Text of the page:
Chapter 23. MonsterChapter 24. HuntedChapter 25. B-29Chapter 26. MadnessChapter 27. Falling DownChapter 28. EnslavedChapter 29. Two Hundred and Twenty PunchesChapter 30. The Boiling CityChapter 31. The Naked StampedeChapter 32. Cascades of Pink PeachesChapter 33. Mother’s DayPART VChapter 34. The Shimmering GirlChapter 35. Coming UndoneChapter 36. The Body on the MountainChapter 37. Twisted RopesChapter 38. A Beckoning WhistleChapter 39. DaybreakEpilogueAcknowledgmentsNotesAbout the Author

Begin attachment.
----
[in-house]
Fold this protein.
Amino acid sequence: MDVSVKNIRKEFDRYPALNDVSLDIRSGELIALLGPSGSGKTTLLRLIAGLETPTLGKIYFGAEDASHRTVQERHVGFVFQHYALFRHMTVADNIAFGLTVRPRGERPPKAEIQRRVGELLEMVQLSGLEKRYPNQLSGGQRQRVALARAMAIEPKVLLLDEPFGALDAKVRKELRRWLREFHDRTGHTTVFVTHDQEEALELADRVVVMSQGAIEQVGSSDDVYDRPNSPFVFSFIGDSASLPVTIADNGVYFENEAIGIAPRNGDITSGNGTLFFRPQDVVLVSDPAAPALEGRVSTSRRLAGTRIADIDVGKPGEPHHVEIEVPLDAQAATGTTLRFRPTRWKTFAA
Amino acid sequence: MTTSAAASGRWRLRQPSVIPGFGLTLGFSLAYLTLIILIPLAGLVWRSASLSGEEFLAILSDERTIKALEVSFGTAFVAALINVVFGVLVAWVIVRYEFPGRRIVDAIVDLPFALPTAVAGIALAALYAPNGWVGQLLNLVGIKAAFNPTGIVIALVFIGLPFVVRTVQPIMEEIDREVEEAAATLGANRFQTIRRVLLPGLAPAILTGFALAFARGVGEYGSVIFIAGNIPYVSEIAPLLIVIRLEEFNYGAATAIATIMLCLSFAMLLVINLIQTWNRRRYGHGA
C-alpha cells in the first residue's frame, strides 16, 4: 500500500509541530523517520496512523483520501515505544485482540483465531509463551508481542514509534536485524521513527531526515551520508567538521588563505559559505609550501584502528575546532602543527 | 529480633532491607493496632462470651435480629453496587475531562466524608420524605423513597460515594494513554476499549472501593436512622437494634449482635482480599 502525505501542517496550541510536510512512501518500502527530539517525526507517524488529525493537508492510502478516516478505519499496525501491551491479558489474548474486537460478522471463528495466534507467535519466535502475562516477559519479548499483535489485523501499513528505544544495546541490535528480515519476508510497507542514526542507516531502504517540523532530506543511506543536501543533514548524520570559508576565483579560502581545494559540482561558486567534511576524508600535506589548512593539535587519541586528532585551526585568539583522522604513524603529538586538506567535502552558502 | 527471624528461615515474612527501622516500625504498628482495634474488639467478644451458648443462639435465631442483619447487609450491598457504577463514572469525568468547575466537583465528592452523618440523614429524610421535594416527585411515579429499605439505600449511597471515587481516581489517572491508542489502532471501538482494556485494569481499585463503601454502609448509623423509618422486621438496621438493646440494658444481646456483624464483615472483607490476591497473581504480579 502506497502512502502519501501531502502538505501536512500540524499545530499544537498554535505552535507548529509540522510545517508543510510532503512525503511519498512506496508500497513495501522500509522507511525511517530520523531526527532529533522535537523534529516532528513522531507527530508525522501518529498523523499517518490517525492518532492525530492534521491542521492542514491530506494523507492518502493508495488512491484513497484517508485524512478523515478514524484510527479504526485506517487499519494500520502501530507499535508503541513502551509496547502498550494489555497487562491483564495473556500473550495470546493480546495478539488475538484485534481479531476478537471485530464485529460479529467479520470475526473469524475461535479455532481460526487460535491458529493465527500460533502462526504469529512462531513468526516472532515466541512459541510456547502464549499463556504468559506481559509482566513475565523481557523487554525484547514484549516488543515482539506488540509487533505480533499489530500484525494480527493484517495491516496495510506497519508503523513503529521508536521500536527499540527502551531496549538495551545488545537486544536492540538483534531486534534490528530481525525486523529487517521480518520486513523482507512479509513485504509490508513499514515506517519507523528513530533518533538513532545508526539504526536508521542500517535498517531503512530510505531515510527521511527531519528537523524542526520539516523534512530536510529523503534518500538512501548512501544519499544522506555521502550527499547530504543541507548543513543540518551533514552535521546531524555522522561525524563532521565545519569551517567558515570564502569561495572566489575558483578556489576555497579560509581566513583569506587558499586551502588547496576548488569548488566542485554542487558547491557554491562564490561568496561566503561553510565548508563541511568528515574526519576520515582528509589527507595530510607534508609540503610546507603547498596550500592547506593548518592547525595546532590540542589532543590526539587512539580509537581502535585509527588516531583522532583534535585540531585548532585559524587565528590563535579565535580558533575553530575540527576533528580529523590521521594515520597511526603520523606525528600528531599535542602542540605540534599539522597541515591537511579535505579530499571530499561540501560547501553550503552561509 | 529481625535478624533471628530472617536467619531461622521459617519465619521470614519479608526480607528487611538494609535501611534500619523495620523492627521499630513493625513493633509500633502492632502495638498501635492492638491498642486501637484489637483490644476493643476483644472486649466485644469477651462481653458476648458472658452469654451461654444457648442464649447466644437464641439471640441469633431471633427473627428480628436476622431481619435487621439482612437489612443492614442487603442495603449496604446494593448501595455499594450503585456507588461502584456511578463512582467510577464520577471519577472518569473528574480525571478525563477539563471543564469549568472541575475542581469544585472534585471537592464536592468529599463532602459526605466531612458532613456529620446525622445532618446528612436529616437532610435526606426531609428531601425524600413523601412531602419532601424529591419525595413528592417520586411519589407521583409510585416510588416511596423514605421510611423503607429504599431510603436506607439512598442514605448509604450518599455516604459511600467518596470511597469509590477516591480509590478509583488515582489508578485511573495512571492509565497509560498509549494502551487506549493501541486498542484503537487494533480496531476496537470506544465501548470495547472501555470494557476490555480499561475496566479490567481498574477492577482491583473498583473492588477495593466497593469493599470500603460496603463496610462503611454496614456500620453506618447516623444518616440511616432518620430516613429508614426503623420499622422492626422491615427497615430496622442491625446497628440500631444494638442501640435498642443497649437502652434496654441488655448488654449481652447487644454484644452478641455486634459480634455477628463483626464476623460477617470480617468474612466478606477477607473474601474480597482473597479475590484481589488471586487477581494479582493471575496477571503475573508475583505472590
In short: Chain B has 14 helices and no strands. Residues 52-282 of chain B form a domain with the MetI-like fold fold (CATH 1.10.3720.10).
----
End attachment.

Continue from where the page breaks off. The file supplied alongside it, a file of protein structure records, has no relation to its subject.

PREFACEALL HE COULD SEE, IN EVERY DIRECTION, WAS WATER . It was June 23, 1943. Somewhere on theendless expanse of the Pacific Ocean, Army Air Forces bombardier and Olympic runner LouieZamperini lay across a small raft, drifting westward. Slumped alongside him was a sergeant, one ofhis plane’s gunners. On a separate raft, tethered to the first, lay another crewman, a gash zigzaggingacross his forehead. Their bodies, burned by the sun and stained yellow from the raft dye, hadwinnowed down to skeletons. Sharks glided in lazy loops around them, dragging their backs along therafts, waiting.The men had been adrift for twenty-seven days. Borne by an equatorial current, they had floated atleast one thousand miles, deep into Japanese-controlled waters. The rafts were beginning todeteriorate into jelly, and gave off a sour, burning odor. The men’s bodies were pocked with saltsores, and their lips were so swollen that they pressed into their nostrils and chins. They spent theirdays with their eyes fixed on the sky, singing “White Christmas,” muttering about food. No one waseven looking for them anymore. They were alone on sixty-four million square miles of ocean.A month earlier, twenty-six-year-old Zamperini had been one of the greatest runners in the world,expected by many to be the first to break the four-minute mile, one of the most celebrated barriers insport. Now his Olympian’s body had wasted to less than one hundred pounds and his famous legscould no longer lift him. Almost everyone outside of his family had given him up for dead.On that morning of the twenty-seventh day, the men heard a distant, deep strumming. Every airmanknew that sound: pistons. Their eyes caught a glint in the sky—a plane, high overhead. Zamperinifired two flares and shook powdered dye into the water, enveloping the rafts in a circle of vividorange. The plane kept going, slowly disappearing. The men sagged. Then the sound returned, and theplane came back into view. The crew had seen them.With arms shrunken to little more than bone and yellowed skin, the castaways waved and shouted,their voices thin from thirst. The plane dropped low and swept alongside the rafts. Zamperini saw theprofiles of the crewmen, dark against bright blueness.There was a terrific roaring sound. The water, and the rafts themselves, seemed to boil. It wasmachine gun fire. This was not an American rescue plane. It was a Japanese bomber.The men pitched themselves into the water and hung together under the rafts, cringing as bulletspunched through the rubber and sliced effervescent lines in the water around their faces. The firingblazed on, then sputtered out as the bomber overshot them. The men dragged themselves back onto theone raft that was still mostly inflated. The bomber banked sideways, circling toward them again. As itleveled off, Zamperini could see the muzzles of the machine guns, aimed directly at them.Zamperini looked toward his crewmates. They were too weak to go back in the water. As they laydown on the floor of the raft, hands over their heads, Zamperini splashed overboard alone.Somewhere beneath him, the sharks were done waiting. They bent their bodies in the water andswam toward the man under the raft.